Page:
Keeping Traditions Alive
August 21, 2020
By Ellen Weiss

Steven and I do not watch a lot of TV.  However, we love watching shows about cooking, food, chefs, restaurants, etc. We wait anxiously for the next season of TOP CHEF – a reality cooking competition on Bravo featuring up and coming chefs from around the United States. Padma Lakshmi, one of the hosts of Top Chef, created a show on HULU called “Taste the Nation” which takes audiences on a journey across America, exploring the rich and diverse food cultures of various immigrant groups, seeking out the people who have so heavily shaped what American food is today. We learned about the Mexican influence in the border town of El Paso, how the Persian community deals with misconceptions regarding Iran while still embracing their traditions, and how the Gullah Geechee of South Carolina are fighting to preserve the traditions passed down from their ancestors – West Africans forced into slavery. The show highlights how food helps bridge ethnic heritage in today’s political culture.

I was waiting for the episode about our ancestors coming to Ellis Island, escaping anti-Semitism, and bringing their traditional food to the Lower East Side of Manhattan and other large metropolitan cities.  I envisioned Padma visiting residents telling stories about the corned beef at Katz’s delicatessen, a blintze at Ratner’s, and the knish at Yonah Schimmel Knish Bakery.  In my fictional episode of Jewish cuisine, Padma would introduce the diversity of the Jewish culture displayed in the vast diversity of Jewish food. 

Well, since this episode does not exist – let me be your host and share with you the origins of what we think of as traditional Jewish Food…

Ashkenazi Jews are the Jews descended from the medieval Jewish communities of the Rhineland in the west of Germany. Ashkenazim or Ashkenazi Jews are literally referring to “German Jews.” Many Ashkenazi Jews later migrated, largely eastward, forming communities in non German-speaking areas, including Bohemia (Czech Republic), Hungary, Poland, Lithuania, Latvia, Russia, Ukraine, Romania, Belarus, and elsewhere between the 10th and 19th centuries. Many of these countries share similar cuisine. Traditional Jewish food, like cholent or tzimmes, also reflects the poverty that Jews suffered from in ancient times of Eastern Europe.  Stews were popular with vegetables and small quantities of meat. In comparison, cultural influences on Sephardic Jewish food include Persian, Yemenite, Indian and Latin-American as well as the influences on Jewish dishes from Central Asia to Ethiopia. Sephardi cuisine emphasizes salads, stuffed vegetables and vine leaves, olive oil, lentils, fruits, herbs and nuts, and chickpeas. Many meat and rice dishes incorporate dried fruits such as apricots, prunes and raisins. Pine nuts are used as a garnish. Spices such as cumin, cilantro, and mint are added for flavorful dishes. As you can see, the hearty cuisine of Ashkenazi Jews was based on centuries of living in the colder climate of Central and Eastern Europe, whereas the lighter, “sunnier” cuisine of Sephardi Jews was affected by life in the Mediterranean region. Thus, a traditional Shabbat meal for Ashkenazi Jews might include pot roast, or chicken, carrots tzimmes and potatoes. While, a traditional Shabbat meal for Sephardi Jews would focus more on salads, couscous and other Middle Eastern specialties.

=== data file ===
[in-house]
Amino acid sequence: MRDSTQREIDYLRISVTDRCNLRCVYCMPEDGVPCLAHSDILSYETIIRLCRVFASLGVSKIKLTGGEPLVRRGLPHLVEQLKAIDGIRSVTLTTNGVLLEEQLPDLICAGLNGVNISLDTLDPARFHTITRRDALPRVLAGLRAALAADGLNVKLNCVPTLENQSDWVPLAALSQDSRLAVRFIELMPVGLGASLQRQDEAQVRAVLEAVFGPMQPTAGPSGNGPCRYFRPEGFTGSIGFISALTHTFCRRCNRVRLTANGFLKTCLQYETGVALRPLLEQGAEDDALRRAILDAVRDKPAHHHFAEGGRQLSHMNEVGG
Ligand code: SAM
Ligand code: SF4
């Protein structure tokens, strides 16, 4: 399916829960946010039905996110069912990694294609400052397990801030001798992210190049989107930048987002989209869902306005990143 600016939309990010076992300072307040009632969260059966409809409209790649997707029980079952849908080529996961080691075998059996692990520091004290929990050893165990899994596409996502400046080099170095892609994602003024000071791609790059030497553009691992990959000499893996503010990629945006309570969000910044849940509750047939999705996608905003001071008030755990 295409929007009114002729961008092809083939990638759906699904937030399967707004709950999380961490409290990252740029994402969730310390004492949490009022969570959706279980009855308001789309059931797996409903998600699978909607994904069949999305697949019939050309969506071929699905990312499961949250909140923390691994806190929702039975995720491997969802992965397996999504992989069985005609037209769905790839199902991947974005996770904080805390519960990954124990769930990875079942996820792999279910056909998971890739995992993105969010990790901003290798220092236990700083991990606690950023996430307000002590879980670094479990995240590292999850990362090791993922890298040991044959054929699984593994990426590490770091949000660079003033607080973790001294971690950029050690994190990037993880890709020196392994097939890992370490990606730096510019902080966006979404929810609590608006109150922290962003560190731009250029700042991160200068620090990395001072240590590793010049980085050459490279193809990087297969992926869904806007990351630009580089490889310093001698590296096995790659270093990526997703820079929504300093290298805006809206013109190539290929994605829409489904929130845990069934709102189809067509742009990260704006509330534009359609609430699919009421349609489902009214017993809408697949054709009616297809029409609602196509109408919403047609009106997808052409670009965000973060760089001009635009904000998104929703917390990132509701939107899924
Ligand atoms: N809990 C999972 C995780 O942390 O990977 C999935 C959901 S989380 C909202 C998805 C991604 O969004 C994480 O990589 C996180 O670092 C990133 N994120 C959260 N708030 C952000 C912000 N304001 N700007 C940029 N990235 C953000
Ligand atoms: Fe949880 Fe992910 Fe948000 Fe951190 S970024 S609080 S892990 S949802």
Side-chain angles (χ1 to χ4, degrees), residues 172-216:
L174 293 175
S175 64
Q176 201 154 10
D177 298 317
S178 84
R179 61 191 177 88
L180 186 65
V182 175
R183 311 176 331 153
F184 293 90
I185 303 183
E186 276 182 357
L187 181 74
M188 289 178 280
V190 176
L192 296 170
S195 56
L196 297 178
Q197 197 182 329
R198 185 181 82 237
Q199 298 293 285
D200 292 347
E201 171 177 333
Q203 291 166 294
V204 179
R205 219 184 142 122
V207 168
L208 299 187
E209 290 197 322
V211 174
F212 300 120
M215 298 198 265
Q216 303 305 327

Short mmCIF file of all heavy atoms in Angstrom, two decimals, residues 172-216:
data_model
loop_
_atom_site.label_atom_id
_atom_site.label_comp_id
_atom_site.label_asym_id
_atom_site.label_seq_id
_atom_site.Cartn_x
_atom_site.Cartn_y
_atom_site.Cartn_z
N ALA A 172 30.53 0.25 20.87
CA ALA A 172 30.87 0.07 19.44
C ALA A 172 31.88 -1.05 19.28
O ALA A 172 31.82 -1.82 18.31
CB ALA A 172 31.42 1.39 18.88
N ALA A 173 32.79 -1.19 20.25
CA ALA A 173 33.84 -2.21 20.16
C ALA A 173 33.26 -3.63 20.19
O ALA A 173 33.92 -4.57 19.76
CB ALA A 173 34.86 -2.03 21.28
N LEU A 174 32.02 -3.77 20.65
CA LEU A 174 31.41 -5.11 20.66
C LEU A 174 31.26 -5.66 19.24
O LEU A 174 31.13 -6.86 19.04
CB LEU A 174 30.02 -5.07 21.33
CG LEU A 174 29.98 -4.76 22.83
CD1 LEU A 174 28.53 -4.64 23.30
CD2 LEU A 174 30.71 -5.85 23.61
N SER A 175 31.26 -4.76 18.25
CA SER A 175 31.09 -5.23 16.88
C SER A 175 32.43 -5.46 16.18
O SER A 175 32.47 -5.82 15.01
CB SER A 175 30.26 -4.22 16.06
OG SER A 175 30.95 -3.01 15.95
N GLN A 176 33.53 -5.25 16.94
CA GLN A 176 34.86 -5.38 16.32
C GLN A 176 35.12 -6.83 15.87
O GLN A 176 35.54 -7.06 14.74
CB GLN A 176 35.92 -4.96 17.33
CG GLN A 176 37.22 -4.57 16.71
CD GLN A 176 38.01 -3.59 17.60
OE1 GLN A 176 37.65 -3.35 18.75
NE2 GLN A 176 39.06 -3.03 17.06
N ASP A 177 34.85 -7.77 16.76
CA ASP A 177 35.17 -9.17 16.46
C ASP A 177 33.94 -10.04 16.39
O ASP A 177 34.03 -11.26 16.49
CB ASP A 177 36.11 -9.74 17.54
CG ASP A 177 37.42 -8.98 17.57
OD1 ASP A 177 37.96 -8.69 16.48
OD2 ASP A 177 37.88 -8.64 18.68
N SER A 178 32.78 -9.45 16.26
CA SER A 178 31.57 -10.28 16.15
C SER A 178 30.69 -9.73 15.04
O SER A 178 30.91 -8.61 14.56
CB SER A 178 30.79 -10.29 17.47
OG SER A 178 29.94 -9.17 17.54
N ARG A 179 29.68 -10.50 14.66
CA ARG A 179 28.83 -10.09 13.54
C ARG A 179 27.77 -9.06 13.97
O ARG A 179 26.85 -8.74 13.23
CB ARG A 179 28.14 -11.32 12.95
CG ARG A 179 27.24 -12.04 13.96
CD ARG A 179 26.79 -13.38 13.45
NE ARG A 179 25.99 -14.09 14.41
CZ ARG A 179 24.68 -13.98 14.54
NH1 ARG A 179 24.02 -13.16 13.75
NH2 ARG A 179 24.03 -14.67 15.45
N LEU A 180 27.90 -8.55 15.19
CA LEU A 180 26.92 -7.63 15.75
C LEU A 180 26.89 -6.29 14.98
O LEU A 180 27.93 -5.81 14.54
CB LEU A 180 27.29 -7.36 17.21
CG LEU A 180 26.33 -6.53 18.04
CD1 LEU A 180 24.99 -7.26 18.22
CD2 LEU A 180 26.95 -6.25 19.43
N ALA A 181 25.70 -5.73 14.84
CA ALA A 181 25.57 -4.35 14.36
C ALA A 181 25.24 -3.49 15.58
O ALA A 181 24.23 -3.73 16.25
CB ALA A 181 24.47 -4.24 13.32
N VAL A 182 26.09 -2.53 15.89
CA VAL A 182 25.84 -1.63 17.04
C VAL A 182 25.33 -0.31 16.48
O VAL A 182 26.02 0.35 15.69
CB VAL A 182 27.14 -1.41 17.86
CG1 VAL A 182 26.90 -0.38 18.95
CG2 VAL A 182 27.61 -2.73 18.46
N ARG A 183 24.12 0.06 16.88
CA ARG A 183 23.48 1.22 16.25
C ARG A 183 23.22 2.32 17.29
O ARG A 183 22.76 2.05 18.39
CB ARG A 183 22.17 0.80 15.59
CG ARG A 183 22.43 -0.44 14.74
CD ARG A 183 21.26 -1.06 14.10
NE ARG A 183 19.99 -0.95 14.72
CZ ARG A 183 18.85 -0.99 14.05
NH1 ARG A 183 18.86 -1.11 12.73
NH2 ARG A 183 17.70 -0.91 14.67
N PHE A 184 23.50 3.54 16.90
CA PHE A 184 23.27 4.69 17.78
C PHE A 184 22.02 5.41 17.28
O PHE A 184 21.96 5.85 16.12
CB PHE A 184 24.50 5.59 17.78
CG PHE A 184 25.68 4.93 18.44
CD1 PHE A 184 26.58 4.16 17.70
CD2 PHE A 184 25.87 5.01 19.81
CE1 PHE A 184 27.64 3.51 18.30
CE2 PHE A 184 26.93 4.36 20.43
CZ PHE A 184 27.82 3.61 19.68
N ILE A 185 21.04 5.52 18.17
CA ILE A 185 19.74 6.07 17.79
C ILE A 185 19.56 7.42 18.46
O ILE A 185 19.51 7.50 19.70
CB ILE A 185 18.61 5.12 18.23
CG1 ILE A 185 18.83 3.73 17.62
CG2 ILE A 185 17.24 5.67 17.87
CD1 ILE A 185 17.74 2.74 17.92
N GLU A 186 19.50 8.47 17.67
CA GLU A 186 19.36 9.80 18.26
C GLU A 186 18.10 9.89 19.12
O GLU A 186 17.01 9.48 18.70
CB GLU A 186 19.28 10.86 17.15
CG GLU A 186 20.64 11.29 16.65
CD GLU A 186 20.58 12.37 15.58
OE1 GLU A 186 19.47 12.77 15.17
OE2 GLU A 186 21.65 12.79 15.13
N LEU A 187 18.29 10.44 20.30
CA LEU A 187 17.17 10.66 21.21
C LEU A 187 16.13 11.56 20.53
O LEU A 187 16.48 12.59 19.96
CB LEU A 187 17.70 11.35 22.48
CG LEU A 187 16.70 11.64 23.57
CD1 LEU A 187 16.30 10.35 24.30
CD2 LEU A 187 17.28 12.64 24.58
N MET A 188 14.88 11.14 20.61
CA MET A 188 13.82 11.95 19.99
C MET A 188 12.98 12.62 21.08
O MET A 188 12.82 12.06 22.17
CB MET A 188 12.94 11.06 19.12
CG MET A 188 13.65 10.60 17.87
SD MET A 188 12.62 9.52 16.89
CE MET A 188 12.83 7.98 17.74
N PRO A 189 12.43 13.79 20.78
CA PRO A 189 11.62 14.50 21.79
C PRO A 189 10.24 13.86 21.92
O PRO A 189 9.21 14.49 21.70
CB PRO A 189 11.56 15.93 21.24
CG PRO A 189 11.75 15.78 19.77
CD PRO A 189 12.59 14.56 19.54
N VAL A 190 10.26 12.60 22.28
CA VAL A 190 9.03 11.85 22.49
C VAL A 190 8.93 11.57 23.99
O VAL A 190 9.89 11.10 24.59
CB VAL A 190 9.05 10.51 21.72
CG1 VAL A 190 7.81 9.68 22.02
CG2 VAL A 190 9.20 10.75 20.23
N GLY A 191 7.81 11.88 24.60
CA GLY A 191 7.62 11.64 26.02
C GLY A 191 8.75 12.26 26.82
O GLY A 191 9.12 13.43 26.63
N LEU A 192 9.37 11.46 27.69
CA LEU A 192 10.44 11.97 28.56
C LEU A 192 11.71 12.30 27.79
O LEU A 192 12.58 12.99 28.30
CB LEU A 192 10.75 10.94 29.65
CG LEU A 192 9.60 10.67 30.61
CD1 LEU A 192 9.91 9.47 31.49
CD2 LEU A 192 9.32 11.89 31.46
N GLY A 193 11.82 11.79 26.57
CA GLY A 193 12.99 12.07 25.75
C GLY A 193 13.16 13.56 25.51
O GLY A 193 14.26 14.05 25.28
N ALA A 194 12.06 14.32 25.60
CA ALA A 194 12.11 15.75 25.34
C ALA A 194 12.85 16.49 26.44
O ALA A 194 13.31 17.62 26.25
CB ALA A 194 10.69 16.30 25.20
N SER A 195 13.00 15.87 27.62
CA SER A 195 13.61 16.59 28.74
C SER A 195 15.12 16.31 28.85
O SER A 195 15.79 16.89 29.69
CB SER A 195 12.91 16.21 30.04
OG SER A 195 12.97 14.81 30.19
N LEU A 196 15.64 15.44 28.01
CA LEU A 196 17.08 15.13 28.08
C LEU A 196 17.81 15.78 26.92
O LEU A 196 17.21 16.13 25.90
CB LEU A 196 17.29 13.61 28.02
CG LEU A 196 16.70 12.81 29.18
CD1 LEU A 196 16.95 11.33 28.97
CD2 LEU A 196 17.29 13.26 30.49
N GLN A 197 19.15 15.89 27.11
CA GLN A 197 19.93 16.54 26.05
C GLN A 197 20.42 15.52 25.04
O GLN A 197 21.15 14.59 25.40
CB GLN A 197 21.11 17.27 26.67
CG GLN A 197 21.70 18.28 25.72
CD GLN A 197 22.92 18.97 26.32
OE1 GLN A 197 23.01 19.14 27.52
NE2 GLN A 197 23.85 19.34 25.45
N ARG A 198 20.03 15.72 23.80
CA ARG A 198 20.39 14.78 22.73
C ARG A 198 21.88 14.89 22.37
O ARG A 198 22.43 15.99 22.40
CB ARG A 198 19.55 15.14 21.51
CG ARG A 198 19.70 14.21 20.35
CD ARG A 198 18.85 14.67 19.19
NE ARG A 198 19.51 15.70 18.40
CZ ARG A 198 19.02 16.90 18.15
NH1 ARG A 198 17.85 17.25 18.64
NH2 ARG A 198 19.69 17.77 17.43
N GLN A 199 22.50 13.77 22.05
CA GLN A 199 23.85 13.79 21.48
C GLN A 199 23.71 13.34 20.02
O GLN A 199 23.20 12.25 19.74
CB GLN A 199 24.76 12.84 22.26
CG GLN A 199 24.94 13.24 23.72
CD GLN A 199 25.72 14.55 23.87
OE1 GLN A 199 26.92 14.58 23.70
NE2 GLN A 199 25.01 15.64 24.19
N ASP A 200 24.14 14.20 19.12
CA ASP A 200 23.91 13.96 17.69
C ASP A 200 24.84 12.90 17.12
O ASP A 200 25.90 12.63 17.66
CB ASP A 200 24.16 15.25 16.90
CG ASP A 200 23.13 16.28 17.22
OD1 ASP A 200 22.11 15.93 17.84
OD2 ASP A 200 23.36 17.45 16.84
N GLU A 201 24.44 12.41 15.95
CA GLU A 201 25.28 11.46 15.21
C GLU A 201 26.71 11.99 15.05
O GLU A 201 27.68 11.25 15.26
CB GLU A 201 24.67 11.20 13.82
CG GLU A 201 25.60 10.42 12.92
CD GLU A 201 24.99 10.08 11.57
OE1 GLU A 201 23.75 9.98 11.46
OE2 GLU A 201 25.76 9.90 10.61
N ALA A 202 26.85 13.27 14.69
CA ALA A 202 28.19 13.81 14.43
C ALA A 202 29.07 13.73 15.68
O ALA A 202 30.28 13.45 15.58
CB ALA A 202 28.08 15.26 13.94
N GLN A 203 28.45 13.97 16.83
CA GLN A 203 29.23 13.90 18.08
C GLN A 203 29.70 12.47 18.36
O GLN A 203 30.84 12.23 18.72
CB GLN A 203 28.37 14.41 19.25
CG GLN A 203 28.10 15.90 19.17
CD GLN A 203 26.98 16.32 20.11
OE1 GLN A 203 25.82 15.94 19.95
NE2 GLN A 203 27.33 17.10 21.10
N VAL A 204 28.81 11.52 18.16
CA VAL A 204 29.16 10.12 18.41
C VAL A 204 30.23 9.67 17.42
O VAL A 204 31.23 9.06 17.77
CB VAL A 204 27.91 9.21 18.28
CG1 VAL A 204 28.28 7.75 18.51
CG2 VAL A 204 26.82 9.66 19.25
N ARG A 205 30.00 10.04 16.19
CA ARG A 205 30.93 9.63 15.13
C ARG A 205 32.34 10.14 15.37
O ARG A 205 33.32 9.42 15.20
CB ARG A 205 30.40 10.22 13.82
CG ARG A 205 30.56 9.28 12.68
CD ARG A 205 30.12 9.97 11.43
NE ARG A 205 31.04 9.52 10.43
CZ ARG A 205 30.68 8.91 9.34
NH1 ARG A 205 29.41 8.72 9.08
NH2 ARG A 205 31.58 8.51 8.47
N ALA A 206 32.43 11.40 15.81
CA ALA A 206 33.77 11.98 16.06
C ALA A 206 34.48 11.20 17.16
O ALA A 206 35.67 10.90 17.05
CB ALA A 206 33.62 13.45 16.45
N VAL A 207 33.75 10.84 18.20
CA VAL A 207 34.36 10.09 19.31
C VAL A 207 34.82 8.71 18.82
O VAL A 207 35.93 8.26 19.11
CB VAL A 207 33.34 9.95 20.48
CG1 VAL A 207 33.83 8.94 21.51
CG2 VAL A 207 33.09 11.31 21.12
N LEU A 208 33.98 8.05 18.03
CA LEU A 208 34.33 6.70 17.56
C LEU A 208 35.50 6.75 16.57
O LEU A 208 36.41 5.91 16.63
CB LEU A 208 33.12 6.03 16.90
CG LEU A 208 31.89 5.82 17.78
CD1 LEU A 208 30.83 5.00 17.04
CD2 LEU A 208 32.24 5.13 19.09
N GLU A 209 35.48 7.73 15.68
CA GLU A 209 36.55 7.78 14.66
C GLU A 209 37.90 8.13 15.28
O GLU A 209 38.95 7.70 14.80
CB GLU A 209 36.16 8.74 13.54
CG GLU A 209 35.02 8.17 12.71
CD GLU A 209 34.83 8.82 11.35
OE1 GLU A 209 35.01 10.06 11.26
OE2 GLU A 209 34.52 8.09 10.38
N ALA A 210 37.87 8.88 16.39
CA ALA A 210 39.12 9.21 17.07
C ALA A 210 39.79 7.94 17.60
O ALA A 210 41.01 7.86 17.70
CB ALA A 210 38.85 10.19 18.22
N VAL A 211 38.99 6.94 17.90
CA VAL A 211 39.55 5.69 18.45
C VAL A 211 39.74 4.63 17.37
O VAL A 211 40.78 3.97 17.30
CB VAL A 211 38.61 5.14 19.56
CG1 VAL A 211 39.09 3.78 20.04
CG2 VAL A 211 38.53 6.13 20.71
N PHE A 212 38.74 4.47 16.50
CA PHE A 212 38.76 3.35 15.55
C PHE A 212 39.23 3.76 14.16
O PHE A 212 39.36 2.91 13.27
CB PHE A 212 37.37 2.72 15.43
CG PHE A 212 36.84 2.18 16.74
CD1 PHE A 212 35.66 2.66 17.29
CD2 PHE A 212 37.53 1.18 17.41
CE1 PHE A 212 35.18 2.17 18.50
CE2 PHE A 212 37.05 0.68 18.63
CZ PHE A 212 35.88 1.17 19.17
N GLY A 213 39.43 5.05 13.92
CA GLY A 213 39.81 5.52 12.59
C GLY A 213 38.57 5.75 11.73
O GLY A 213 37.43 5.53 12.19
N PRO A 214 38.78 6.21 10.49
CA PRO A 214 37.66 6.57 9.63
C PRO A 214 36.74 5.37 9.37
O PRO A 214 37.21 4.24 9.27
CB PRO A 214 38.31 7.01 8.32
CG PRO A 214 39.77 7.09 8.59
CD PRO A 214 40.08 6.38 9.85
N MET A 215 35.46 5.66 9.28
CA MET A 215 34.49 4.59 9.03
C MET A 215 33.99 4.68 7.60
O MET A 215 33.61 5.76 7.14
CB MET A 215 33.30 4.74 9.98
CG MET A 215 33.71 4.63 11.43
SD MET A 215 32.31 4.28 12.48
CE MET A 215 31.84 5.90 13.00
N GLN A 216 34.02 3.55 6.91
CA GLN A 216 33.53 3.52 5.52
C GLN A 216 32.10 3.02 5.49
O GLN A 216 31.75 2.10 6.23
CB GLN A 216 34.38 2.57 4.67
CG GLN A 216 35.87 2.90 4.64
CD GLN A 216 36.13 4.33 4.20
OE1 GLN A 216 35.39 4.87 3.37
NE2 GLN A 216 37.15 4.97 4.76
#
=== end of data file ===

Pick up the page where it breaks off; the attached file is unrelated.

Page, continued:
Within Judaism, the dietary laws are found in the Torah and laid out in far more detail in the Talmud. These dietary laws governed what and how to eat in ancient times and laid out the types of food-related laws that still apply to particular celebrations, festivals and certain occasions. 

Today, I will be concentrating on the familiar dishes from Ashkenazi Jews such as the following:

Babka – From Eastern Europe, this baked good often has cinnamon, nuts, and chocolate.  This “cake” was made famous during a Seinfeld episode called “The Dinner Party”.